Five of the top 10 reasons why associateships fail
The ‘American Dream’ is still to own a home. The ‘Dentist’s Dream’ continues to be the ownership of a practice. Thirty years ago, the dream was to graduate from dental school, buy equipment, hang out a shingle and start practicing. Today the road to ownership is a little different.
Due to extensive debt, most new graduates enter practice as associates to improve their clinical skills, increase their speed and proficiency, and learn more about the business aspects of dentistry. Most hope the newfound associateship will lead to an eventual ownership position. Instead, many find themselves building up the value of their host dentist’s practice, only to be forced to leave. This forced departure is the result of a non-compete agreement when the promised buy-in/buy-out doesn’t occur.
The following reveal the first five of the top 10 reasons many associateships fail to result in ownership or partnership.
Reason No. 1: Purchase price
If the purchase price has not been determined before the commencement of employment, the parties find themselves on different ends of the spectrum as to what the practice is worth and what the buy-in price should be.
When purchase price is established before the commencement of employment, three out of four associateships lead to the intended equity position. Conversely, if the purchase price has not been determined, nine out of 10 associateships lead to termination without achieving the ownership intended or promised.
Reason No. 2: The details
The more items discussed and agreed to in writing beforehand, the better the chance of a successful equity ownership occurring as planned.
The written instruments should be two specific documents — an Employment Agreement detailing the responsibilities of each party for employment and a Letter of Intent detailing the proposed equity acquisition.
Reason No. 3: Insufficient patient base
Approximately 1,000–1,200 active patients are required per dentist in a dental practice. If the senior dentist does not intend to restrict or cut back on his/her number of available clinical treatment hours, then the conversion from a one-dentist to a two-dentist practice requires an active patient base of approximately 1,400–1,800 patients and a new patient flow of 25 or more new patients per month.
Many senior dentists count their number of active patients by counting the number of patient charts on a wall. However, the best way to estimate the active number of patients involves utilizing the hygiene recall count.
Insufficient numbers of patients and/or an insufficient new patient flow signals that all expenses relating to the new dentist are coming directly out of the bottom line. The practice then begins to experience financial pressure.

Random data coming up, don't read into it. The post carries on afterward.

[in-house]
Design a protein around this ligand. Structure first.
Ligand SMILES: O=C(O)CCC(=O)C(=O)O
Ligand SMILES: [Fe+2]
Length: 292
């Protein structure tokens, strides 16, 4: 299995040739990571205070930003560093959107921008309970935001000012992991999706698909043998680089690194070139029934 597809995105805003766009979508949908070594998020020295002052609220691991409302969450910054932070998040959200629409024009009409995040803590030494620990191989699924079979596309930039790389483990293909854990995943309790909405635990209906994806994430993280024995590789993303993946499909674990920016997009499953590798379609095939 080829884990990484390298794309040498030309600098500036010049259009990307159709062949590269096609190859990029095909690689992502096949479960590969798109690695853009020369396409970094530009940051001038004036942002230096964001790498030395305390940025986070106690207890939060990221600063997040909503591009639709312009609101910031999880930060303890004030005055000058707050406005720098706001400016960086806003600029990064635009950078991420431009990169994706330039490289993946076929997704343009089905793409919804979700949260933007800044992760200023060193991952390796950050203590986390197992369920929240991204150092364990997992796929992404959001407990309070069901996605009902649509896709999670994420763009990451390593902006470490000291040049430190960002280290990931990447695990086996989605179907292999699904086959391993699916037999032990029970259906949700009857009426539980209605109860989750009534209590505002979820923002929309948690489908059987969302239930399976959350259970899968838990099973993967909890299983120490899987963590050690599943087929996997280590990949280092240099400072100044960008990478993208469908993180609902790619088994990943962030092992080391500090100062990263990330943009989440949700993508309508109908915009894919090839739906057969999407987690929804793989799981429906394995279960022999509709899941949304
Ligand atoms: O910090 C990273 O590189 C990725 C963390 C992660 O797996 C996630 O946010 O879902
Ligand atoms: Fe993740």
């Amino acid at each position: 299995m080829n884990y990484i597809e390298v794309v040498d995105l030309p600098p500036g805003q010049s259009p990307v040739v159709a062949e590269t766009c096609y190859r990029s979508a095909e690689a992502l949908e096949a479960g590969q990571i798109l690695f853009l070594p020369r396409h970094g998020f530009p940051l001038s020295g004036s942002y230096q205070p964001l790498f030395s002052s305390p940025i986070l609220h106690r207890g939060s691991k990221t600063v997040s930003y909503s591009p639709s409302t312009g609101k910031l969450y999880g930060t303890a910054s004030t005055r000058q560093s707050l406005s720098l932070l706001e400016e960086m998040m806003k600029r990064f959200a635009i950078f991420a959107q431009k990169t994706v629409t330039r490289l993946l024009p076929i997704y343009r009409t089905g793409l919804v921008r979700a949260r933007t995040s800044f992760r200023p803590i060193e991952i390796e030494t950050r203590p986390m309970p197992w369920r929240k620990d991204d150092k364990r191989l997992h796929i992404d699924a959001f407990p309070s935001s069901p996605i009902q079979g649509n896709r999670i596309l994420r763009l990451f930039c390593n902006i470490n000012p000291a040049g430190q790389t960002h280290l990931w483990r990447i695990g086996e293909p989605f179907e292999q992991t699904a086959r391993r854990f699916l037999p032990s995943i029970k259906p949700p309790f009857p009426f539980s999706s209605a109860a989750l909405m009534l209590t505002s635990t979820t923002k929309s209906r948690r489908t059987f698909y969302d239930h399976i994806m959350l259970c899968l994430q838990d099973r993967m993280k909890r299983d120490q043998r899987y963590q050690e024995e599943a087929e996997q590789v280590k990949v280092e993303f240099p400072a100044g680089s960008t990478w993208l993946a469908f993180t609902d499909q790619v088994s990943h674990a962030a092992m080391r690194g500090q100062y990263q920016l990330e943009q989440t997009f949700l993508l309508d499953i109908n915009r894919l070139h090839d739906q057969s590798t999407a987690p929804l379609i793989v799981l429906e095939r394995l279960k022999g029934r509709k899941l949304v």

Creation and maintenance of a sufficient patient base is an extremely important aspect of the business. If the senior dentist is nearing retirement with the intent that, within one to two years, the senior dentist will turn over total ownership of the practice and intends to cut back shortly after the beginning of the second dentist’s employment, this problem is not as critical.
Often the senior dentist brings in an associate dentist as the answer to increasing business. A practice with insufficient new patient flow that experiences the addition of a new practitioner may result in termination of employment for the associate.
Reason No. 4: Incompatible skills
The incompatibility in clinical skills between practitioners may include the possibility of one practitioner’s skill level being below standard, but it may also include different practice philosophies. On the surface, it would appear that having different skill levels and philosophies might be desirable. In reality, the patient base available to the younger practitioner may not lend itself to various types of dentistry.
Reason No. 5: Timeframe
The failure to identify when the buy-in or buy-out is to occur and when to execute it can result in failure to achieve an ownership status. The Letter of Intent may have stated that the buy-in was to occur in one to two years, but certain behaviors and signs during the continuing employment relationship might give an indication that the senior doctor is having difficulty honoring the intended buy-out or that the associate does not feel ready to consummate the transaction within the original outlined timeframe. Either position might result in the demise of the buy-in as involved parties lose patience over such delays.
This article has been aimed primarily at a one-dentist practice evolving to a two-dentist practice; however, the issues apply equally to larger group practices. One-to-two-year associateships with the senior dentist retiring at the end of the associateship and a three-to-five-year partnership ending with the new dentist purchasing the remaining equity position of the senior dentist at the end of five years can also benefit from the insights provided in this article.
Unfortunately, nothing can guarantee a successful outcome will occur. However, by identifying the potential pitfalls at the beginning of the relationship, chances of success can be greatly improved.
Look for the remaining five reasons in an upcoming article.
Contact Dr Eugene W. Heller at firstname.lastname@example.org.